This outline is also available in PDF.
Held: Wednesday, February 24, 2010
We explore another imperative model of images, turtle
graphics. In this model, we give drawing expressions to
- Reading for Friday: Iteration.
- It's Pop Tarts day in CSC 151.
- EC for today's panel on Open Information Culture (4:15 pm Burling).
- EC for Wednesday's gates lecture or Thursday's convo.
- EC for Thursday's CS Extra: Tony Pan on his internship at Microsoft (4:15 3821).
- EC for Friday's CS Table: No Silver Bullet (noon, JRC PDR).
- Assignment 4 is due. Assignment 5 will be distributed on Friday.
- Modeling images through process: Turtle graphics.
- Some historical notes.
- Turtle graphics in MediaScheme.
- We've now seen two (more?) models of images:
- We can use GIMP-style graphics to select and then do something with
- We can use drawings-as-values-style graphics to build composite
- These models permit us to create a variety of interesting drawings.
- However, they do not model how we normally draw, which involves
taking pen (or brush) to paper (or canvas).
- The turtle graphics approach to describing
images provides a simple model for how we might describe drawings.
- At any point, the person following the instructions has a pen in
hand. You need to give the person information on the direction in
which to move the pen and the amount to move it. (That's right,
no curves here; just lots and lots of straight lines.)
- We separate the two basic operations: You can tell the person drawing
to move forward or to turn in a particular direction.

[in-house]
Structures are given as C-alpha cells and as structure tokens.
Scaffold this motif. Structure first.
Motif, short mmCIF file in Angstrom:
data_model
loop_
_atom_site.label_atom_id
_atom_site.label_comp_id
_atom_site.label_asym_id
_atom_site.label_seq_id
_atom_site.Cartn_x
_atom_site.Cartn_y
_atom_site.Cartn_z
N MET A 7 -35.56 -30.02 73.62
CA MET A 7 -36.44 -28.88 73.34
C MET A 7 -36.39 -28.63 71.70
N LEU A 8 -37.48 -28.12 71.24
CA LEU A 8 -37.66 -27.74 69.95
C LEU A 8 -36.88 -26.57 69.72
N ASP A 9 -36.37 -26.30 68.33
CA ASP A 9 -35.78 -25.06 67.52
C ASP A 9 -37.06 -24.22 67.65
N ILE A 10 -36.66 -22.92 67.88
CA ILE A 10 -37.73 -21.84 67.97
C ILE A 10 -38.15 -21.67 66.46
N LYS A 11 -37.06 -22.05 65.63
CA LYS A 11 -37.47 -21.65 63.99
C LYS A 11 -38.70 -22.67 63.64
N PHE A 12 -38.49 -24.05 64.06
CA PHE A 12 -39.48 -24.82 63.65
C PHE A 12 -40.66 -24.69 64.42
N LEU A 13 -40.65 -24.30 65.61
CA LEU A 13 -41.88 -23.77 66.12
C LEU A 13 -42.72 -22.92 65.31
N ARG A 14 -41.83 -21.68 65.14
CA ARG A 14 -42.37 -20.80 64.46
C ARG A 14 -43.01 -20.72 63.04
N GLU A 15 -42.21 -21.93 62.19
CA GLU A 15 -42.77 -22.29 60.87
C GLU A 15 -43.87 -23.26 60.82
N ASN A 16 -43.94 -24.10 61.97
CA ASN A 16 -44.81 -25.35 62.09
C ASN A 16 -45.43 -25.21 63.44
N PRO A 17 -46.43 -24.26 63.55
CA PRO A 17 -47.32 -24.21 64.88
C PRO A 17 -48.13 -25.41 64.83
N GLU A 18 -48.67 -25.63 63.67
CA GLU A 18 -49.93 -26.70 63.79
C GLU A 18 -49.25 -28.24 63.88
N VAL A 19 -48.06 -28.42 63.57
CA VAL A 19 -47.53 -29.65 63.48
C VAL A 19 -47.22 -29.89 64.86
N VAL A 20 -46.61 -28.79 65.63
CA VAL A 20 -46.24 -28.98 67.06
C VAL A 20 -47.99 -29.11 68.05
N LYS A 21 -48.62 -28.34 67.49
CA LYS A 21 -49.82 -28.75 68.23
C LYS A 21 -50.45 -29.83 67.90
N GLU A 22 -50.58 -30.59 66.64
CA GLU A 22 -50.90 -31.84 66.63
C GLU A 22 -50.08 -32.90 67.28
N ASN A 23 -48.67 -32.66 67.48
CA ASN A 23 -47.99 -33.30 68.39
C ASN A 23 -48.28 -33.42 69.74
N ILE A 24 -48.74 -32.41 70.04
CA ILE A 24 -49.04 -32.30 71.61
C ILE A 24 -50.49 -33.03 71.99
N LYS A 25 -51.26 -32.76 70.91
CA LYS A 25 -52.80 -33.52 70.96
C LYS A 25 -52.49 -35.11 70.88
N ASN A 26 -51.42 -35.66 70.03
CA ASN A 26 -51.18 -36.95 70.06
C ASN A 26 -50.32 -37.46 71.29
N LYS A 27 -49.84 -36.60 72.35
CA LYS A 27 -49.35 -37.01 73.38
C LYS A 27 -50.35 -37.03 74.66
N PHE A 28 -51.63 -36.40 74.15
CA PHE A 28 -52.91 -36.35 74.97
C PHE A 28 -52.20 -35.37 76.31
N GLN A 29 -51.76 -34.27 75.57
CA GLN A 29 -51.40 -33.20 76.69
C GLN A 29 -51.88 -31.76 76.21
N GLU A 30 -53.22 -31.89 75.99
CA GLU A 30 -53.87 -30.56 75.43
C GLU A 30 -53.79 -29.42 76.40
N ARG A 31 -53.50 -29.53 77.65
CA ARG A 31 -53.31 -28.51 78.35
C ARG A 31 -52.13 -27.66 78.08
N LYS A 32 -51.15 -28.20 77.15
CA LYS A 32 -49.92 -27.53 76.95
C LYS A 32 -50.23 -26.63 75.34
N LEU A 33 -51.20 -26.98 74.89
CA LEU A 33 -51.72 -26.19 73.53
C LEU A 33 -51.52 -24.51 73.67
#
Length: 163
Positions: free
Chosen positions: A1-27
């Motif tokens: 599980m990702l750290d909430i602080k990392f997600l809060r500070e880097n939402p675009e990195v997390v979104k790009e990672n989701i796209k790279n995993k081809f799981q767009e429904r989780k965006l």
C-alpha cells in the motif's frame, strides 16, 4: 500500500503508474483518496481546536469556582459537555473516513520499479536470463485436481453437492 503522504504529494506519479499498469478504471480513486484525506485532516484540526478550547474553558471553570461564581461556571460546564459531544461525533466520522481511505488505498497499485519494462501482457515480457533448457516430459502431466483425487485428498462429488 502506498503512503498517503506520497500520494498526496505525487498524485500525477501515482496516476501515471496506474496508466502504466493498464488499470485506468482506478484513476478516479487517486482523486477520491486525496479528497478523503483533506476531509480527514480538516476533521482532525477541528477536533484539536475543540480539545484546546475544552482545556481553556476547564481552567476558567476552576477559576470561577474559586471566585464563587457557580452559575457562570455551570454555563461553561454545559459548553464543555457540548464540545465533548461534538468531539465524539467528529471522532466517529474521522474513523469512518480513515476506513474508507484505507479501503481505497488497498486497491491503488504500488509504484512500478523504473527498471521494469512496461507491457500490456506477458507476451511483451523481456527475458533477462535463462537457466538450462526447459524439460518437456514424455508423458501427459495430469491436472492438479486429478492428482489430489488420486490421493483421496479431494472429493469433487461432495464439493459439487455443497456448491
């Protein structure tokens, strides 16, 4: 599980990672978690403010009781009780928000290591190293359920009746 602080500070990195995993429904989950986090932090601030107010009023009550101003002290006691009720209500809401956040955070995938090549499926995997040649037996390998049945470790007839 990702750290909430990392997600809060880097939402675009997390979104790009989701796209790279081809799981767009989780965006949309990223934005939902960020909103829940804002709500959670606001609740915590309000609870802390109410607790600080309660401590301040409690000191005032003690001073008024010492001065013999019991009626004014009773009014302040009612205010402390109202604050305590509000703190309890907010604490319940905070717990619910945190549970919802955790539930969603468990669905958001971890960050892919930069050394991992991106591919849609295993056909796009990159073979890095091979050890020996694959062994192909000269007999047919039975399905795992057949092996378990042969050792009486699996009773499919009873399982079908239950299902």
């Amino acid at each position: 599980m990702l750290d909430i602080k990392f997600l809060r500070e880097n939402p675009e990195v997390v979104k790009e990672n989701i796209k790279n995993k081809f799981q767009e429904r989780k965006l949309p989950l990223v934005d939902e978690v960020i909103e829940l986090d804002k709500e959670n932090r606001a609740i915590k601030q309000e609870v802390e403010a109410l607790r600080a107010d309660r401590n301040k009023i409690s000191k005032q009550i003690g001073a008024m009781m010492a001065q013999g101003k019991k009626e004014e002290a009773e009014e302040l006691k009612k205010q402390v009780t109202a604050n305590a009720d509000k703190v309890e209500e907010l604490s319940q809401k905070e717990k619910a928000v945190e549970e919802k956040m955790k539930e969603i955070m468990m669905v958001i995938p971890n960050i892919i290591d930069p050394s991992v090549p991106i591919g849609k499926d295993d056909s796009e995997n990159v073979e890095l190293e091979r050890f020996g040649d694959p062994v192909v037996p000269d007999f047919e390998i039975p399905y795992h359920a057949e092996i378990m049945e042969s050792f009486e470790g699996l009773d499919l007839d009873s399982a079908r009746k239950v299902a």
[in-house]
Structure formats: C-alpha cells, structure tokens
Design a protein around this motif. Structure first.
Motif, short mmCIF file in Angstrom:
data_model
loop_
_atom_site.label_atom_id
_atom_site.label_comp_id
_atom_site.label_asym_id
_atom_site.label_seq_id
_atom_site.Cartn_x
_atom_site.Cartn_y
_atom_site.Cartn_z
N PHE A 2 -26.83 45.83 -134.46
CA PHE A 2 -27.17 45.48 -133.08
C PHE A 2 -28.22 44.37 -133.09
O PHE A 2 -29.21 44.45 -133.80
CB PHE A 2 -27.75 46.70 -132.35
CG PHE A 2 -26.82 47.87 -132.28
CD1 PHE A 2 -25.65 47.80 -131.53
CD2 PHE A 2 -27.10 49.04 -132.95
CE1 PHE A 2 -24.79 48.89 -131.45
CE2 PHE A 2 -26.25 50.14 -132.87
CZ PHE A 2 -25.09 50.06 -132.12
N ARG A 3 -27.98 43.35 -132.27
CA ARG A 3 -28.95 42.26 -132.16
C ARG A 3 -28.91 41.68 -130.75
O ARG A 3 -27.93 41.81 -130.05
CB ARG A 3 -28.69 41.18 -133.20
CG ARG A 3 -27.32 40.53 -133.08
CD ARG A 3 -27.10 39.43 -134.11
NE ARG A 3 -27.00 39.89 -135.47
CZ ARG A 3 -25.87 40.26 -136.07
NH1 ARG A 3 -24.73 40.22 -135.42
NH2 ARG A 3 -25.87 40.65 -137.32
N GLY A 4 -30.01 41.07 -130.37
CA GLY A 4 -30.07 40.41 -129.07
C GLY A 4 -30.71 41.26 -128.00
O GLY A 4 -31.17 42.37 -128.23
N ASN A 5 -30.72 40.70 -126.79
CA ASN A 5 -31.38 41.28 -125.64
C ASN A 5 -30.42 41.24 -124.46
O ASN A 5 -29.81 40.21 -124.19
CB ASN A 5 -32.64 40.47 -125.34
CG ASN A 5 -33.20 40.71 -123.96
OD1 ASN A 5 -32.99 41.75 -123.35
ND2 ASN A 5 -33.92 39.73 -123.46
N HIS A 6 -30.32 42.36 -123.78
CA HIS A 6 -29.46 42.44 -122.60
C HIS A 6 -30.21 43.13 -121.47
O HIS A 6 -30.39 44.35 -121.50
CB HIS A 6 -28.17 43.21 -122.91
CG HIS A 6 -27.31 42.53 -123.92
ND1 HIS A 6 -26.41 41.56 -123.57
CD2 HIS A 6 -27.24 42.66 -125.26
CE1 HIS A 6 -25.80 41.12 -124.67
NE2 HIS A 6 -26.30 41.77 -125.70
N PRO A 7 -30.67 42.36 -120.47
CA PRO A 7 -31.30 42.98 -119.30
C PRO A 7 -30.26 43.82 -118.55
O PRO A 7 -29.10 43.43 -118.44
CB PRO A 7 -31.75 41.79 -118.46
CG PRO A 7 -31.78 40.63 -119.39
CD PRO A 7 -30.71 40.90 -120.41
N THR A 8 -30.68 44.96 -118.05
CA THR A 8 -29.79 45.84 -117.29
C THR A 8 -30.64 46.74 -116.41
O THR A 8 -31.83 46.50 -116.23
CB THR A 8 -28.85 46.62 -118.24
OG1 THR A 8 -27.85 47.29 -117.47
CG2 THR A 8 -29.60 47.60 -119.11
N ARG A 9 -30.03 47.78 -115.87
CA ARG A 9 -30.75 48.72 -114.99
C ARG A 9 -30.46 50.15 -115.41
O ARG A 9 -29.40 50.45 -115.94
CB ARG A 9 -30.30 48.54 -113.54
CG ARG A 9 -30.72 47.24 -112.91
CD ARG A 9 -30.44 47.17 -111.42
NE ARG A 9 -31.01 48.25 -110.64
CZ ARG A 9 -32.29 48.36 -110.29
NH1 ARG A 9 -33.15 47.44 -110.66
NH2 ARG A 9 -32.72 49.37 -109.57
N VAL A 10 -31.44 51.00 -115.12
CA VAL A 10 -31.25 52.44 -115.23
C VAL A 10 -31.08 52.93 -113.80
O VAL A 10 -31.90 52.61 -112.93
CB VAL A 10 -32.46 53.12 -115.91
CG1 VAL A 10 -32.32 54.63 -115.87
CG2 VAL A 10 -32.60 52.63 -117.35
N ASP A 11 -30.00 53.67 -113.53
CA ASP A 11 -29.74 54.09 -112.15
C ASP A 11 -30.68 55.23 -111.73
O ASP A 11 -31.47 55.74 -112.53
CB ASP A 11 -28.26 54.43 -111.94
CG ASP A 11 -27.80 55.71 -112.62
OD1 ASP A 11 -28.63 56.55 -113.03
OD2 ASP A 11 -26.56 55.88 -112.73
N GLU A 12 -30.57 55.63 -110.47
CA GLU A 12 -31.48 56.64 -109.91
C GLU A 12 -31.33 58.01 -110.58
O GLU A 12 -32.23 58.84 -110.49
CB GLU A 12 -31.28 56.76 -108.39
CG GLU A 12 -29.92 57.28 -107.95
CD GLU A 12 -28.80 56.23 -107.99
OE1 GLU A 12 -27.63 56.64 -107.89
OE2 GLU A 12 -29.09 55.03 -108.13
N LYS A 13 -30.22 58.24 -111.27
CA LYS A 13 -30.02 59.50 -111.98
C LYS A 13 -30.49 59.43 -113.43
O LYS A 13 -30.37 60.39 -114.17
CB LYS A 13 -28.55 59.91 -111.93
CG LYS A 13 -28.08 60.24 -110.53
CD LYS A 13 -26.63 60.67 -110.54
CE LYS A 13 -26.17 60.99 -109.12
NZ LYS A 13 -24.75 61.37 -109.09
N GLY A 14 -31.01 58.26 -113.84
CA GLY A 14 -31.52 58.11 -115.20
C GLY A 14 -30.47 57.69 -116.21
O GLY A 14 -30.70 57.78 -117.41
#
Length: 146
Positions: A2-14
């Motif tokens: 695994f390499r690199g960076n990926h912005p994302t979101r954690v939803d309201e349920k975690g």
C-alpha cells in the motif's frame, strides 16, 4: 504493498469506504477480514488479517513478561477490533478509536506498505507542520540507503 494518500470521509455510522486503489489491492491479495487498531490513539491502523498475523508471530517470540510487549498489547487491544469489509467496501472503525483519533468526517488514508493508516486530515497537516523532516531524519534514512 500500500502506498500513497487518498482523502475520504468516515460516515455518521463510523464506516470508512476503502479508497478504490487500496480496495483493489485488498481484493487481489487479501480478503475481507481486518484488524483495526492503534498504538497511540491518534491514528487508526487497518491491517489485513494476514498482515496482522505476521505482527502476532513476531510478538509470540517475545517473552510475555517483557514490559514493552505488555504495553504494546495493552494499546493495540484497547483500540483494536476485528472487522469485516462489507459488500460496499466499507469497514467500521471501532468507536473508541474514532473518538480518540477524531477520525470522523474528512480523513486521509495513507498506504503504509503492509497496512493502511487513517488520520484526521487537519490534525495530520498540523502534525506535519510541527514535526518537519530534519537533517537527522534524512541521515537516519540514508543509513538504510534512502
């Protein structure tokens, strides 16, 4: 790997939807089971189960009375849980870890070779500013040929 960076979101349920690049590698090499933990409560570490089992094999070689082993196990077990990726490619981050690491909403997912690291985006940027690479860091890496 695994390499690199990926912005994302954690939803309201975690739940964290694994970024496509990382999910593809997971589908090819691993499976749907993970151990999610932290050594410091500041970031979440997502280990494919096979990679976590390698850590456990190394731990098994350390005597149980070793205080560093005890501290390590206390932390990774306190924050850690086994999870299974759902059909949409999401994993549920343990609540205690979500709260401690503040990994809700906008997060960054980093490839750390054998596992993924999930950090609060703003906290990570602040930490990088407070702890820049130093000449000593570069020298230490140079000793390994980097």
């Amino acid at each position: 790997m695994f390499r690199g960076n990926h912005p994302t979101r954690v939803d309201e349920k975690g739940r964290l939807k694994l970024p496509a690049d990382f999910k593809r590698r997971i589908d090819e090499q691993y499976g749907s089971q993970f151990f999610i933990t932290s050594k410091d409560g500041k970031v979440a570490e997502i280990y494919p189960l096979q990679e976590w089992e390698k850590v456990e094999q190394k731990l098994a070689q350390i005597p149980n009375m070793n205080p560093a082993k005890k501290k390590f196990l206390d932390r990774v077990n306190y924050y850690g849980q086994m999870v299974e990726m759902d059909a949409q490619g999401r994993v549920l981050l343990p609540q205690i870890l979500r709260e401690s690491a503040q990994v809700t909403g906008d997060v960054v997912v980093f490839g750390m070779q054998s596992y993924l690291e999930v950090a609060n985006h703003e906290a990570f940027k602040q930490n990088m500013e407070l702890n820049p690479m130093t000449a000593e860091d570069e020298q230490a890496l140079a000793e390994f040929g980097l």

It's so simple, even a turtle can do it.
- What if you don't want continuous lines? You can tell the turtle to
lift or drop the pen.
- Turtle graphics has been used to control robots that draw.
- Note that turtle graphics, much like GIMP graphics, is an
imperative model: You give a series of commands
to the thing doing the drawing.
Disclaimer: Although I knew much of this information, I did crib
some ideas from Wikipedia and the Web or these notes.
- Turtle graphics were invented by Seymour Papert (at MIT) in part of his
development of the LOGO programming language. (1960's and beyond)
- LOGO was designed as a computer language intended to help children
think better (or at least more algorithmically).
- The original implementation of LOGO did, in fact, have a kind of robot
(commonly referred to as a
hooked up to a computer. Hence, it made sense for the language to have
some basic operations for the robot.
- As computers became more commonplace, it made sense to simulate the
turtle on the screen (since not everyone who had a computer would have
a turtle robot).
- And it makes sense to show the turtle's path.
- After awhile, drawing on the screen became as interesting as (or more
interesting than?) controlling the physical robot.
- The turtle graphics model has persisted, in various forms, over the
- Turtle graphics and LOGO are often used in constructionist approaches
to teaching. The goal is that students explore freely, starting with
a few basic tools and strategies, they come up with their own problems
and develop solutions to those problems.
- Create a new turtle that draws on a particular image
- Move it forward with
(turtle-forward! turtle amt)
- Turn it with
(turtle-turn! turtle angle)
- Lift the pen with
- Put the pen on paper with
- Additional operations for people who can't keep track of position
(turtle-teleport! turtle col row)
(turtle-face! turtle angle)
- You can also set the turtle's brush and color.